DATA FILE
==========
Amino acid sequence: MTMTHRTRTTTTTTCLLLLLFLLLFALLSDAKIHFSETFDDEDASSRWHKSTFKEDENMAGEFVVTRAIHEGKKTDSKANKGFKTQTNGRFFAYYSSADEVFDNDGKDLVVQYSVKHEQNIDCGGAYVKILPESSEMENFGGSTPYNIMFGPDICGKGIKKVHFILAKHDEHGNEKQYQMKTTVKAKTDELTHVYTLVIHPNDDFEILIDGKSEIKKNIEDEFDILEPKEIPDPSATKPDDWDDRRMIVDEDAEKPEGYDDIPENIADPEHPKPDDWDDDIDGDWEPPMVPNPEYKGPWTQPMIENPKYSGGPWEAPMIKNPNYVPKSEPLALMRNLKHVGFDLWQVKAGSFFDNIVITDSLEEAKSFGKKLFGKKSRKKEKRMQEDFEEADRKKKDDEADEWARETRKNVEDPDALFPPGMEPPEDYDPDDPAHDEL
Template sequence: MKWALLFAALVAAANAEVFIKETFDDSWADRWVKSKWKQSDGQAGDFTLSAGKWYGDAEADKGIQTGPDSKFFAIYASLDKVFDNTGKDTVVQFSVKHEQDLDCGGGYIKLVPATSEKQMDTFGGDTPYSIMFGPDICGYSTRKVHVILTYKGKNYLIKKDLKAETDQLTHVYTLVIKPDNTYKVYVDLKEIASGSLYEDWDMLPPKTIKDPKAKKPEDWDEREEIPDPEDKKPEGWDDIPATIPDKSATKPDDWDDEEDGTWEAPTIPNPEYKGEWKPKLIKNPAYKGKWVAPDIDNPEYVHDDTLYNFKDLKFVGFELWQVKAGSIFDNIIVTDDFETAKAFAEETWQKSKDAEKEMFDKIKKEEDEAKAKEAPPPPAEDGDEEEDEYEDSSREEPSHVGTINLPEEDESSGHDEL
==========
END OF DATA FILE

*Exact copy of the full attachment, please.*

Amino acid sequence: MTMTHRTRTTTTTTCLLLLLFLLLFALLSDAKIHFSETFDDEDASSRWHKSTFKEDENMAGEFVVTRAIHEGKKTDSKANKGFKTQTNGRFFAYYSSADEVFDNDGKDLVVQYSVKHEQNIDCGGAYVKILPESSEMENFGGSTPYNIMFGPDICGKGIKKVHFILAKHDEHGNEKQYQMKTTVKAKTDELTHVYTLVIHPNDDFEILIDGKSEIKKNIEDEFDILEPKEIPDPSATKPDDWDDRRMIVDEDAEKPEGYDDIPENIADPEHPKPDDWDDDIDGDWEPPMVPNPEYKGPWTQPMIENPKYSGGPWEAPMIKNPNYVPKSEPLALMRNLKHVGFDLWQVKAGSFFDNIVITDSLEEAKSFGKKLFGKKSRKKEKRMQEDFEEADRKKKDDEADEWARETRKNVEDPDALFPPGMEPPEDYDPDDPAHDEL
Template sequence: MKWALLFAALVAAANAEVFIKETFDDSWADRWVKSKWKQSDGQAGDFTLSAGKWYGDAEADKGIQTGPDSKFFAIYASLDKVFDNTGKDTVVQFSVKHEQDLDCGGGYIKLVPATSEKQMDTFGGDTPYSIMFGPDICGYSTRKVHVILTYKGKNYLIKKDLKAETDQLTHVYTLVIKPDNTYKVYVDLKEIASGSLYEDWDMLPPKTIKDPKAKKPEDWDEREEIPDPEDKKPEGWDDIPATIPDKSATKPDDWDDEEDGTWEAPTIPNPEYKGEWKPKLIKNPAYKGKWVAPDIDNPEYVHDDTLYNFKDLKFVGFELWQVKAGSIFDNIIVTDDFETAKAFAEETWQKSKDAEKEMFDKIKKEEDEAKAKEAPPPPAEDGDEEEDEYEDSSREEPSHVGTINLPEEDESSGHDEL